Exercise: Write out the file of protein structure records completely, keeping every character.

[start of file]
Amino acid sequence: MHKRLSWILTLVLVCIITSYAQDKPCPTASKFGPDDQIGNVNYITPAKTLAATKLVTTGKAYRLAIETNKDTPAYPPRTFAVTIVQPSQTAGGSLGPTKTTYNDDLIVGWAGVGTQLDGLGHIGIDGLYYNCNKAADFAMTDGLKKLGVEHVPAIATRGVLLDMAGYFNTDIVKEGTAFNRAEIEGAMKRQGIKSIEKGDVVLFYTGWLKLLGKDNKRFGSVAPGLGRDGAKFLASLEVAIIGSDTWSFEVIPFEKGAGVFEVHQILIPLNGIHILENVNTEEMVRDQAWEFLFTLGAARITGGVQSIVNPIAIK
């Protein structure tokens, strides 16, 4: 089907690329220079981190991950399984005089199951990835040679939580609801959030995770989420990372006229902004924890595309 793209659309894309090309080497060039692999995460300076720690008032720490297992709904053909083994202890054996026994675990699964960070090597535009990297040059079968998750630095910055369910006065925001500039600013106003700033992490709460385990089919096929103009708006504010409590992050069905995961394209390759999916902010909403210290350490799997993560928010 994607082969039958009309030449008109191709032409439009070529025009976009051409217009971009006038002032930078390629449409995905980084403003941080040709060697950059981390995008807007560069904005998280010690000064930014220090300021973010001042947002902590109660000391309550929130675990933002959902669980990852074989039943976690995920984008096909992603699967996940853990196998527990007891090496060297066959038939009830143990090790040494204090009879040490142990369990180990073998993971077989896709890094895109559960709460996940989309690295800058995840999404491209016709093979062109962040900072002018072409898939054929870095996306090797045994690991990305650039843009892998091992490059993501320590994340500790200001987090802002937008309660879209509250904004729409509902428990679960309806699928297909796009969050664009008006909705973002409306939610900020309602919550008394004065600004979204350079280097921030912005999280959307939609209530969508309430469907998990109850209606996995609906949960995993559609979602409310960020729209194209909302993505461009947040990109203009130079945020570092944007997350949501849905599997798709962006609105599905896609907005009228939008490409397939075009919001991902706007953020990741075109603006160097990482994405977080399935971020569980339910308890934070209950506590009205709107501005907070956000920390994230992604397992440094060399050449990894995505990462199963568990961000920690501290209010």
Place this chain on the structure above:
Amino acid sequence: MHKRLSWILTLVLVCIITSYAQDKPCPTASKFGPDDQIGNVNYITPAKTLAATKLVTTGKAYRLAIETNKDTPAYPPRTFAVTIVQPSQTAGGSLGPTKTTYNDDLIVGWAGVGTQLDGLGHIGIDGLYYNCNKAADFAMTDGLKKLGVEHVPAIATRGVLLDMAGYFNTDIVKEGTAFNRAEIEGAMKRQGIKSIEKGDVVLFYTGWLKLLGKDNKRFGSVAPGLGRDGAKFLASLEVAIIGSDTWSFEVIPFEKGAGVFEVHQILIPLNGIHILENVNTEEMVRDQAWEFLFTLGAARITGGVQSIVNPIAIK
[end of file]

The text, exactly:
Amino acid sequence: MHKRLSWILTLVLVCIITSYAQDKPCPTASKFGPDDQIGNVNYITPAKTLAATKLVTTGKAYRLAIETNKDTPAYPPRTFAVTIVQPSQTAGGSLGPTKTTYNDDLIVGWAGVGTQLDGLGHIGIDGLYYNCNKAADFAMTDGLKKLGVEHVPAIATRGVLLDMAGYFNTDIVKEGTAFNRAEIEGAMKRQGIKSIEKGDVVLFYTGWLKLLGKDNKRFGSVAPGLGRDGAKFLASLEVAIIGSDTWSFEVIPFEKGAGVFEVHQILIPLNGIHILENVNTEEMVRDQAWEFLFTLGAARITGGVQSIVNPIAIK
């Protein structure tokens, strides 16, 4: 089907690329220079981190991950399984005089199951990835040679939580609801959030995770989420990372006229902004924890595309 793209659309894309090309080497060039692999995460300076720690008032720490297992709904053909083994202890054996026994675990699964960070090597535009990297040059079968998750630095910055369910006065925001500039600013106003700033992490709460385990089919096929103009708006504010409590992050069905995961394209390759999916902010909403210290350490799997993560928010 994607082969039958009309030449008109191709032409439009070529025009976009051409217009971009006038002032930078390629449409995905980084403003941080040709060697950059981390995008807007560069904005998280010690000064930014220090300021973010001042947002902590109660000391309550929130675990933002959902669980990852074989039943976690995920984008096909992603699967996940853990196998527990007891090496060297066959038939009830143990090790040494204090009879040490142990369990180990073998993971077989896709890094895109559960709460996940989309690295800058995840999404491209016709093979062109962040900072002018072409898939054929870095996306090797045994690991990305650039843009892998091992490059993501320590994340500790200001987090802002937008309660879209509250904004729409509902428990679960309806699928297909796009969050664009008006909705973002409306939610900020309602919550008394004065600004979204350079280097921030912005999280959307939609209530969508309430469907998990109850209606996995609906949960995993559609979602409310960020729209194209909302993505461009947040990109203009130079945020570092944007997350949501849905599997798709962006609105599905896609907005009228939008490409397939075009919001991902706007953020990741075109603006160097990482994405977080399935971020569980339910308890934070209950506590009205709107501005907070956000920390994230992604397992440094060399050449990894995505990462199963568990961000920690501290209010």
Place this chain on the structure above:
Amino acid sequence: MHKRLSWILTLVLVCIITSYAQDKPCPTASKFGPDDQIGNVNYITPAKTLAATKLVTTGKAYRLAIETNKDTPAYPPRTFAVTIVQPSQTAGGSLGPTKTTYNDDLIVGWAGVGTQLDGLGHIGIDGLYYNCNKAADFAMTDGLKKLGVEHVPAIATRGVLLDMAGYFNTDIVKEGTAFNRAEIEGAMKRQGIKSIEKGDVVLFYTGWLKLLGKDNKRFGSVAPGLGRDGAKFLASLEVAIIGSDTWSFEVIPFEKGAGVFEVHQILIPLNGIHILENVNTEEMVRDQAWEFLFTLGAARITGGVQSIVNPIAIK